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E. I

Iam Samos a laeva fuerant Naxosque relictae

. 133, Et Paros et Clario Delos amata deo,

106 Dextra Lebynthos erat silvisque umbrosa Calymne 111

Cinctaque piscosis Astypalaea vadis,

Quum puer, incautis nimium temerarius annis, 111 60 Altius egit iter, deseruitque patrem.

Vincla labant, et cera deo propiore liquescit,

Nec tenues ventos brachia mota tenent.
Territus a summo despexit in aequora caelo :
Nox oculis pavido venit oborta metu.

106 a Tabuerant cerae : nudos quatit ille lacertos,

Et trepidat, nec quo sustineatur, habet. 150 Decidit, atque cadens “pater, o pater, auferor !” in

Clauserunt virides ora loquentis aquae. [quit, At pater infelix, nec iam pater, “Icare !" clamat, 70 “Icare," clamat “ubi es, quove sub axe volas ?" “Icare” clamabat, pinnas aspexit in undis.

Ossa tegit tellus : aequora nomen habent.

VII.

IPHIGENIA.

She is here, thine own, thy long-lost sister,
Whom great Diana from the altar snatch'd,
And safely placed here in her sacred fane.—GOETHE.

ARGUMENT. IPHIGENIA, priestess of Diana in the Tauric Chersonese, is about to

sacrifice two strangers, according to the inhuman custom of the place, when she discovers that one of them is her brother. She returns with them to Greece.-(EPIST. EX PONTO, III. 2.)

This story is the subject of a play by Euripides, the Iphigenia in Tauris," and also of one of Goethe's masterpieces, under the same name.

123

112

Description of the Altar, and its Aitendant Customs.
Est locus in Scythia, ... Tauros dixere priores...

Qui Getica longe non ita distat humo;
Hac ego sum terra, patriae nec paenitet, ortus: 134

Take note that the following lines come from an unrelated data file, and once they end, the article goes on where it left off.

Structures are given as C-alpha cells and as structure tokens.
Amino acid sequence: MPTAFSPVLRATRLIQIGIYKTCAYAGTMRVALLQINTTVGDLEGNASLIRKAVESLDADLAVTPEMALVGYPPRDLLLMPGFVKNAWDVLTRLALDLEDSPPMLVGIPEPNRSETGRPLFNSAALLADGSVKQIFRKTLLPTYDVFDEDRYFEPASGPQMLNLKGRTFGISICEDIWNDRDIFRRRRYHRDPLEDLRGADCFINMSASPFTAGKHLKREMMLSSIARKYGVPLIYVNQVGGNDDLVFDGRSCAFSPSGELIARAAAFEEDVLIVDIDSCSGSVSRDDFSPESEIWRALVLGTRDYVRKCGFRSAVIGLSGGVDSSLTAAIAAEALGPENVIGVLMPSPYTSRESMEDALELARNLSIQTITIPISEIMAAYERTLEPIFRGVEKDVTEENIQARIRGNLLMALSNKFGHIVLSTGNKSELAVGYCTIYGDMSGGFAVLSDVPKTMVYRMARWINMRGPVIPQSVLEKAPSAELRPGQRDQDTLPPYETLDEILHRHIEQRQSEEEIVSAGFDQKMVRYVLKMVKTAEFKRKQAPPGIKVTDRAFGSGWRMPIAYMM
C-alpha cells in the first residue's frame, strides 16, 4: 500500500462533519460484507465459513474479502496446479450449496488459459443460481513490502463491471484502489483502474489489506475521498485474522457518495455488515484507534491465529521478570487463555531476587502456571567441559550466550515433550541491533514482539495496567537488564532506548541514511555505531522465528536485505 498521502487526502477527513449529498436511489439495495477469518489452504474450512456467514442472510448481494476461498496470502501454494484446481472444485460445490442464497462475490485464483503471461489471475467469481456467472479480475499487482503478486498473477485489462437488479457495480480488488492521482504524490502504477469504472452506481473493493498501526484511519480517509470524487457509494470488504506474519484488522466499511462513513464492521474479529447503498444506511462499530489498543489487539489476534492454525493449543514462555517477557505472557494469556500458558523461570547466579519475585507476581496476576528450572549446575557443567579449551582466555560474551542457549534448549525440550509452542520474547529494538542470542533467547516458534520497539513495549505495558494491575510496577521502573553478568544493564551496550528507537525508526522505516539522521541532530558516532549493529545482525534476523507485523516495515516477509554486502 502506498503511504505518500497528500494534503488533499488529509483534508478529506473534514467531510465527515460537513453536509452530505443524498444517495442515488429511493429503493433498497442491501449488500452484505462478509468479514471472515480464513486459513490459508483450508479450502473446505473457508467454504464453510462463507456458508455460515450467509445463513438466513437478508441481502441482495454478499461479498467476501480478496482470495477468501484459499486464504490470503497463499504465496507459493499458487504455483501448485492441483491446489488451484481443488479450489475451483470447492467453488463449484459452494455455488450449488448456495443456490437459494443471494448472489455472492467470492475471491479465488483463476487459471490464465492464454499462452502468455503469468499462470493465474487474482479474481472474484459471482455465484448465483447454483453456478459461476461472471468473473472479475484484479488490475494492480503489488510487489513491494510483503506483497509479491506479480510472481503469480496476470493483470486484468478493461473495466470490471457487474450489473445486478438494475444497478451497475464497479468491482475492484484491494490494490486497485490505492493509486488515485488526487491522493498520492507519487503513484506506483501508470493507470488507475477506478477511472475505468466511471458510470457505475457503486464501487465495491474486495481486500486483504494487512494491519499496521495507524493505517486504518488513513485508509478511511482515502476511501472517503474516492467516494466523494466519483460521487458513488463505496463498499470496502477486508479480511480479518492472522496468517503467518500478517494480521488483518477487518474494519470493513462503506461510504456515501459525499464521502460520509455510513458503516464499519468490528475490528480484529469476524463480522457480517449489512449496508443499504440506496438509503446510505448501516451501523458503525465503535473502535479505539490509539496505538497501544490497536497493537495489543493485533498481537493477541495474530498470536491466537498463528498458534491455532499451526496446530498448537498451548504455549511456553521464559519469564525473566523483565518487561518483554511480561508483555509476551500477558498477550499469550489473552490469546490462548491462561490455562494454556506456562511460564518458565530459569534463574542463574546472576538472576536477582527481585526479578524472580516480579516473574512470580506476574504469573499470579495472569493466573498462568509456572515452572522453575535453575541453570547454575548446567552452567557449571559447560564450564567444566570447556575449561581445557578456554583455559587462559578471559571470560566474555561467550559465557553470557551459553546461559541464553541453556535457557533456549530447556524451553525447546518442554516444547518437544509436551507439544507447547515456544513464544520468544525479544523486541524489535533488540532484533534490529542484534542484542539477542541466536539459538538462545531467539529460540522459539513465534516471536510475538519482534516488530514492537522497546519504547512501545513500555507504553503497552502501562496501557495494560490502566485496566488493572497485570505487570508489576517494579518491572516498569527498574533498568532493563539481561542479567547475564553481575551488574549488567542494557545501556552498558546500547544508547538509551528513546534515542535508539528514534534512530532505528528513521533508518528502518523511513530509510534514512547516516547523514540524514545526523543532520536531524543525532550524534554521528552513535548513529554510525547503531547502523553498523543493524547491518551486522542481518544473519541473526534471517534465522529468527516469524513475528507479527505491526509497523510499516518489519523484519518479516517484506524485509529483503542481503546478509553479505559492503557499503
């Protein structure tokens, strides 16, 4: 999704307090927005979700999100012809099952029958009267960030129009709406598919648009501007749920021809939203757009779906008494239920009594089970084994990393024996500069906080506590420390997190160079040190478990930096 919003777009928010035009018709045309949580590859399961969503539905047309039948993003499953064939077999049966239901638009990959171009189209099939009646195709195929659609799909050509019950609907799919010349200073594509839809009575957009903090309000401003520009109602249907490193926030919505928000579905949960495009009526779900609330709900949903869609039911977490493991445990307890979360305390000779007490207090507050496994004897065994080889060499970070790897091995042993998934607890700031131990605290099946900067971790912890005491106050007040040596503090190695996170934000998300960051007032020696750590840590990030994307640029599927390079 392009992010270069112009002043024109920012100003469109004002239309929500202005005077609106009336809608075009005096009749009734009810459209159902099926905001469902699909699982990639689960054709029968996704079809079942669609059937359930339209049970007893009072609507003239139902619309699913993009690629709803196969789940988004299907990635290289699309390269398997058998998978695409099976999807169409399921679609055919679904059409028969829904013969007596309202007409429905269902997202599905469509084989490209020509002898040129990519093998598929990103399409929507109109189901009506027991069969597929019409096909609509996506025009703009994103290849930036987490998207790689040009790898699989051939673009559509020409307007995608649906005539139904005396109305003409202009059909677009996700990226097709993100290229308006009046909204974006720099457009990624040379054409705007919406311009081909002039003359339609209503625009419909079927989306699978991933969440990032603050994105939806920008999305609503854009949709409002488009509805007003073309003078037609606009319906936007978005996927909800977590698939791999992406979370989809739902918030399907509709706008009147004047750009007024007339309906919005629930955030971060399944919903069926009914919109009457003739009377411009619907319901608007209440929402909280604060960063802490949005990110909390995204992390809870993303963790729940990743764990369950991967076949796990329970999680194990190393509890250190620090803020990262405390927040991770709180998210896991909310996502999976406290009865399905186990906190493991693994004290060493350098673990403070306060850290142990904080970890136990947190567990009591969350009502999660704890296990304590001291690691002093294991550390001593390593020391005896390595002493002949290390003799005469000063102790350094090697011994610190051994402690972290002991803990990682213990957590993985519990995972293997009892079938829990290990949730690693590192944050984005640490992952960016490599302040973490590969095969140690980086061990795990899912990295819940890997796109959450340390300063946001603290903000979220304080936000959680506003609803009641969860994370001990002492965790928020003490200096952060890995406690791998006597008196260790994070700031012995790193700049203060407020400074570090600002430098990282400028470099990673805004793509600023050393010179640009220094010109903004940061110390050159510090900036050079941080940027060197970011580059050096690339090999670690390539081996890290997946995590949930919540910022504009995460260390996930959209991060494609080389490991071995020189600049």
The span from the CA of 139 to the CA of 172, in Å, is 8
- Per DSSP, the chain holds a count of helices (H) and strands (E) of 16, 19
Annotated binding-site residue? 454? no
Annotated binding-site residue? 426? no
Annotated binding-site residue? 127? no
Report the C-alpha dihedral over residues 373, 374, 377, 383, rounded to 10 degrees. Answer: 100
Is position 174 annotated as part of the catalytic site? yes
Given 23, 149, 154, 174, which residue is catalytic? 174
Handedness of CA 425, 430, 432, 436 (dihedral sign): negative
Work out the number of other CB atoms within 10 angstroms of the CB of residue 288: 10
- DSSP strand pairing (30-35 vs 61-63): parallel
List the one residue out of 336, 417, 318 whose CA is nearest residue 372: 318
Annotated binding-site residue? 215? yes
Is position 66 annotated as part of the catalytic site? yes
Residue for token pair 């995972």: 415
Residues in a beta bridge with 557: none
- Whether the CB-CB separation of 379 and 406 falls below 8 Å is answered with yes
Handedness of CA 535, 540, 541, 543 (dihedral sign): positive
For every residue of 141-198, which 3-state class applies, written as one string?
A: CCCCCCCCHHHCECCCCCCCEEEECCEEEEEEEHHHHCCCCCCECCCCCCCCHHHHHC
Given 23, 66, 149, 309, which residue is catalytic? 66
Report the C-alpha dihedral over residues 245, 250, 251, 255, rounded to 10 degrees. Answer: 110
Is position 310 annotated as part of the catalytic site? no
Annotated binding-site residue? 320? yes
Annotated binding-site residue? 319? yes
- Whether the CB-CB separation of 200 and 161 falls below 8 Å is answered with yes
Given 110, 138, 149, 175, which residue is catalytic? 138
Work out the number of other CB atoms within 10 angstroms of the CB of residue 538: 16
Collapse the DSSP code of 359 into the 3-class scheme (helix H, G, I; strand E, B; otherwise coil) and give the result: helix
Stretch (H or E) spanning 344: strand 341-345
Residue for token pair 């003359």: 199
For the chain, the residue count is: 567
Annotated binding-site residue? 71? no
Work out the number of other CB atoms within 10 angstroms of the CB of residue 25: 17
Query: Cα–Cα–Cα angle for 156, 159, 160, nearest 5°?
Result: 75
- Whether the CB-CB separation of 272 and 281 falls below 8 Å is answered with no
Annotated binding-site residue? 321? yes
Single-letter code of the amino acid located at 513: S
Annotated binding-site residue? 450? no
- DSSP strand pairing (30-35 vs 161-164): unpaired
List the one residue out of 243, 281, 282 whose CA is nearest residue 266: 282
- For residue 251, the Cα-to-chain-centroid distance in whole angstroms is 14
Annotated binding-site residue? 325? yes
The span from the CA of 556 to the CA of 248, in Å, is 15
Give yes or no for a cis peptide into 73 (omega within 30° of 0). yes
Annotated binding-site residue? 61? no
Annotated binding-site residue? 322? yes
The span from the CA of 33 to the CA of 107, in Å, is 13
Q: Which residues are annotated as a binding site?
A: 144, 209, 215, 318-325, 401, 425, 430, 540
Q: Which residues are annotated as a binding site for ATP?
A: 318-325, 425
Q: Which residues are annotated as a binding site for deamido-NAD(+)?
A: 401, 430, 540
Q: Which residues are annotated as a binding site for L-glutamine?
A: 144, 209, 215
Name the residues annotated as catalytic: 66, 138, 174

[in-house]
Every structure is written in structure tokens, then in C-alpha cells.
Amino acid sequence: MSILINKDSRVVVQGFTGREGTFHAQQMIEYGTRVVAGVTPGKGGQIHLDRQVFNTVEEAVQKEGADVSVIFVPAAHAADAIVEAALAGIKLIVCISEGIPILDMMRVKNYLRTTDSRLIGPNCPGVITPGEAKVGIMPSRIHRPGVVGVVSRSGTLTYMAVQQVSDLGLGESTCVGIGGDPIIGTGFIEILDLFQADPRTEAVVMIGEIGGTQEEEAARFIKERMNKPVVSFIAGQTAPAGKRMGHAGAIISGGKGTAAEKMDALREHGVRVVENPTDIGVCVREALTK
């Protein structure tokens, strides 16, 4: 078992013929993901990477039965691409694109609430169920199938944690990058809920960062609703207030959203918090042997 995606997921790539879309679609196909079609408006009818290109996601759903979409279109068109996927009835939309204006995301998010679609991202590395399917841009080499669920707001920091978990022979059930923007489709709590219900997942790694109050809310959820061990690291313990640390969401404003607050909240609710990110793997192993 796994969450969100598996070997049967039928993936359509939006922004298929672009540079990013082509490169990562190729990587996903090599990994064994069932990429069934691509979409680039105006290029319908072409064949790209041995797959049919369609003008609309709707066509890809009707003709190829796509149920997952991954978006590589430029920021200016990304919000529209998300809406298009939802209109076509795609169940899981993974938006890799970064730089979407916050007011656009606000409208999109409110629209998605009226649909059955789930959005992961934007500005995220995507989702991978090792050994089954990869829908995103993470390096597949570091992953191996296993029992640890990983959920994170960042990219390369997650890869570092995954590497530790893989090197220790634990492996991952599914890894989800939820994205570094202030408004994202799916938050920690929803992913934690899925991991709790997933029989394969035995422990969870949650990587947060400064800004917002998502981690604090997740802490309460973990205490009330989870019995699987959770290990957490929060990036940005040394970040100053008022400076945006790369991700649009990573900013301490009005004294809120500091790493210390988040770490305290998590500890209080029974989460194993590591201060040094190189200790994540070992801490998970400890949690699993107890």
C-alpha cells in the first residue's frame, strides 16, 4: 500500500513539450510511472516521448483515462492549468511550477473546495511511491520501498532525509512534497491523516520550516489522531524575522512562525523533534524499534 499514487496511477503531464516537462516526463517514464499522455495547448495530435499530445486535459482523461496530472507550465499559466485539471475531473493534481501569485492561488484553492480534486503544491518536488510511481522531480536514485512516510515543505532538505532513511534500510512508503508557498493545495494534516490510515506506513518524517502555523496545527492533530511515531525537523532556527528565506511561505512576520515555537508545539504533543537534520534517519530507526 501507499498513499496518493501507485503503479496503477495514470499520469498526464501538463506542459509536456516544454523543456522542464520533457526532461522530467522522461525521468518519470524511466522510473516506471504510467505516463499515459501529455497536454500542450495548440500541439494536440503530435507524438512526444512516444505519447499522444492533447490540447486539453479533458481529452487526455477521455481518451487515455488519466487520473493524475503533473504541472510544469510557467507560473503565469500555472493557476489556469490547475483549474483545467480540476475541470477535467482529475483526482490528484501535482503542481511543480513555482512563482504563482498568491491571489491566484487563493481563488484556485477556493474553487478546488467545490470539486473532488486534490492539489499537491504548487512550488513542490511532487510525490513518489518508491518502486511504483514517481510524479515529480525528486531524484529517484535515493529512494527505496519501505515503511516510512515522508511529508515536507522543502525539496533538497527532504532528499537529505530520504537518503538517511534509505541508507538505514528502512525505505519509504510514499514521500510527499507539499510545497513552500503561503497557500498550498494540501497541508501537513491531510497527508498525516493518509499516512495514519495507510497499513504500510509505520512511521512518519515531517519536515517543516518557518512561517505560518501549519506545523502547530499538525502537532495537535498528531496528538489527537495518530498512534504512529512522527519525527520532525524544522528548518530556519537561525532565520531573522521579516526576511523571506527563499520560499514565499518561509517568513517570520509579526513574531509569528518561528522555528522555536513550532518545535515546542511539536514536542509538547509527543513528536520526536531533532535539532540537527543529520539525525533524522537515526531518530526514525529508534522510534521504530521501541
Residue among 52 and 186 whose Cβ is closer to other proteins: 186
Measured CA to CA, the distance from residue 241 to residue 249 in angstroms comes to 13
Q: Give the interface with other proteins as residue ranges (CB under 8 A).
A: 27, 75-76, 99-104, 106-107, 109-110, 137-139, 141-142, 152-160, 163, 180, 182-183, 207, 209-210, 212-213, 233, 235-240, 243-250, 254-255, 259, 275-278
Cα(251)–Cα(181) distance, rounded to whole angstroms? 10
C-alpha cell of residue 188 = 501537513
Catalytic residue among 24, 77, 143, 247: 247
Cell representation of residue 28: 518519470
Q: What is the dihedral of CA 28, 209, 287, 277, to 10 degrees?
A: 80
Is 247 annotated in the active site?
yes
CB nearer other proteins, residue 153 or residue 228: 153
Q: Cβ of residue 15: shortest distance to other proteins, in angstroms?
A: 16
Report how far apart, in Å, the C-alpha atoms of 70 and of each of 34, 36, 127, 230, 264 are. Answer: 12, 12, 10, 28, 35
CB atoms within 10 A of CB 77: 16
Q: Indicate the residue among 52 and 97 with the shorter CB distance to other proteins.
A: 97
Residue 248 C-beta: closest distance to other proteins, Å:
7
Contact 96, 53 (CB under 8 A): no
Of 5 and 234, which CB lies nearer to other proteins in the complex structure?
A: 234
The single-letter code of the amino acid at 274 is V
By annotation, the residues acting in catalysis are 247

Consortem Phoebi gens colit illa deam.
Templa manent hodie vastis innixa columnis,
Perque quater denos itur in illa gradus.

p. 148 E Fama refert illic signum caeleste fuisse,

Quoque minus dubites, stat basis orba dea: 119
Araque, quae fuerat natura candida saxi,
10 Decolor adfuso tincta cruore rubet.
Femina sacra facit taedae non nota iugali,

106 1
Quae superat Scythicas nobilitate nurus; 116
Sacrifici genus est,—sic instituere priores,
Advena virgineo caesus ut ense cadat.

I p. 142

1 (1) a Iphigenia is carried hither by Diana, and made priestess of her temple. Two captives are brought to her for sacrifice. Regna Thoans habuit Maeotide clarus in ora

Nec fuit Euxinis notior alter aquis.
Sceptra tenente illo liquidas fecisse per auras

Nescio quam dicunt Iphigenian iter.
Quam levibus ventis sub nube per aëra vectam
20 Creditur his Phoebe deposuisse locis.

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107c.

Praefuerat templo multos ea rite per annos,

Invita peragens tristia sacra manu :
Quum duo velifera iuvenes venere carina,

Presseruntque suo litora nostra pede.
Par fuit his aetas et amor, quorum alter Orestes,

Alter erat Pylades : nomina fama tenet.
Protinus immitem Triviae ducuntur ad aram,

Evincti geminas ad sua terga manus.

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She prepares the sacrifice, but, before completing it, asks of their home, and finding that their city is her own, lets one of them go free, on condition that he carry for her a letter to one of her family.

Spargit aqua captos lustrali Graia sacerdos, 112 30 Ambiat ut fulvas infula longa comas. Dumque parat sacrum, dum velat tempora vittis, 153 2.

Dum tardae causas invenit ipsa morae,
“Non ego crudelis, iuvenes; ignoscite !” dixit